The 2018 film Green Book just won Golden Globes for best motion picture and for best screenplay, but the story behind the the real Green Book, published from 1936-1966, will astound anyone not already in the know. The sobering reality of travel for African Americans back then in many parts of the U.S., but especially the South, was that very few places were welcoming to anyone who wasn’t White. One pretty much needed insider information in order to avoid dangerous mishaps and humiliating fiascos. And that’s where the Green Book came in.
In the days after train travel had peaked but before The Civil Rights Act of 1964 made segregation illegal, a new group of customers and tourists was emerging: the Black middle class tourist. The Green Book started out as The Negro Motorist Green-Book in 1936 and it quickly became the ultimate for travel guide for African Americans who were driving across the U.S. Created by Victor H. Green, a postal worker, the first guides offered ads and recommendations for everything from beauty parlors to taverns. Later editions focused only on travel and listed motels, hotels, and other travel accommodations.
Where could one get decent meals and service? Where could one feel safe and avoid showing up to the wrong motel or restaurant? The Green Book could tell you. These guidebooks had everything from beauty parlors to bars to motels to diners to summer camps listed in various places throughout all of North America. But, the first guide was for the author’s home base: New York City.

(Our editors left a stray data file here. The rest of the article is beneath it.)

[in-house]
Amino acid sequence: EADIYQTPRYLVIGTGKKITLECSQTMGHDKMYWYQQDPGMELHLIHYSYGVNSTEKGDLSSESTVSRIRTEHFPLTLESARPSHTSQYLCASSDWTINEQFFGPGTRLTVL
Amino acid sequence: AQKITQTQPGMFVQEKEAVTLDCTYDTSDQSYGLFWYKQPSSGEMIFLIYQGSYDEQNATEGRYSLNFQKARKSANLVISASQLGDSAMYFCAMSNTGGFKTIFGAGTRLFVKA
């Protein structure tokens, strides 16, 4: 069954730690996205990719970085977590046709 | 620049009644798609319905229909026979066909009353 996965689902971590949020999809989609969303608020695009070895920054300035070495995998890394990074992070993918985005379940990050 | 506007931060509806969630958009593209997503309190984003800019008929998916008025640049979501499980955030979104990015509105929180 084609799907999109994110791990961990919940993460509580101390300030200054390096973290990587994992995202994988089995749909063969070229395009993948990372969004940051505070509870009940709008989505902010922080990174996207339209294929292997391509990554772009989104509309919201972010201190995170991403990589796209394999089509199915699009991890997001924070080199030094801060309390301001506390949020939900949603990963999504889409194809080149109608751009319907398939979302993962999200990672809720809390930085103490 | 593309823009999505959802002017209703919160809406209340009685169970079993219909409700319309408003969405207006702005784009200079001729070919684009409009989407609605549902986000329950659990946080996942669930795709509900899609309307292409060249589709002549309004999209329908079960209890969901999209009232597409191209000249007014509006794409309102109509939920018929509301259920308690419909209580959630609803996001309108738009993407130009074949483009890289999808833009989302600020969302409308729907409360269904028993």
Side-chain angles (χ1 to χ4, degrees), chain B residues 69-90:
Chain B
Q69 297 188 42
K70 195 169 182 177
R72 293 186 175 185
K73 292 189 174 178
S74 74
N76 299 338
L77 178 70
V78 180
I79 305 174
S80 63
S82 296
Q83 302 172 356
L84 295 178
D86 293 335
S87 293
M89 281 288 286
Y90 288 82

No other book provided this information as most businesses catered primarily (if not exclusively) to Whites at the time. Jim Crow laws meant that a Black person couldn’t just walk into any old bar. Many establishments would not allow non-Whites in their doors under any circumstances. Even outside the South, some businesses discriminated against African Americans. Even more shocking were the “sundown towns” were Black people were banned after nightfall, a policy which was often enforced via violence and intimidation.
The Green Book also listed private homes where Blacks could rent rooms for a night under no strain of threat, rather like an early Air BnB. The listings were simple and gave little information. But, because they had been crowd-sourced from African Americans who had been to those places and tested these establishments there was little doubt that they were accurate tips.
In the 1963 international edition, the authors point to the growing Civil Rights movement and examine the anti-discrimination laws already on the books in various states. The authors also give reference suggestions on how the reader could better acquaint themselves with various laws on discrimination.
The Green Book was sold at churches, community events, local stores, and Esso service stations (one of the few that specifically courted Black customers) and was the only book of its kind that known across the U.S. And, despite the fact that The Civil Rights Act was passed in 1964, the Green Book was published for another two years afterwards. In the 1948, Green speculated that there would come a time when travel guides for the safety of African Americans would no longer be needed.
Sadly, Green passed away in 1960 and never got to see the fruits of the Civil Rights movement. However, for decades his guides gave African Americans the knowledge to travel safely.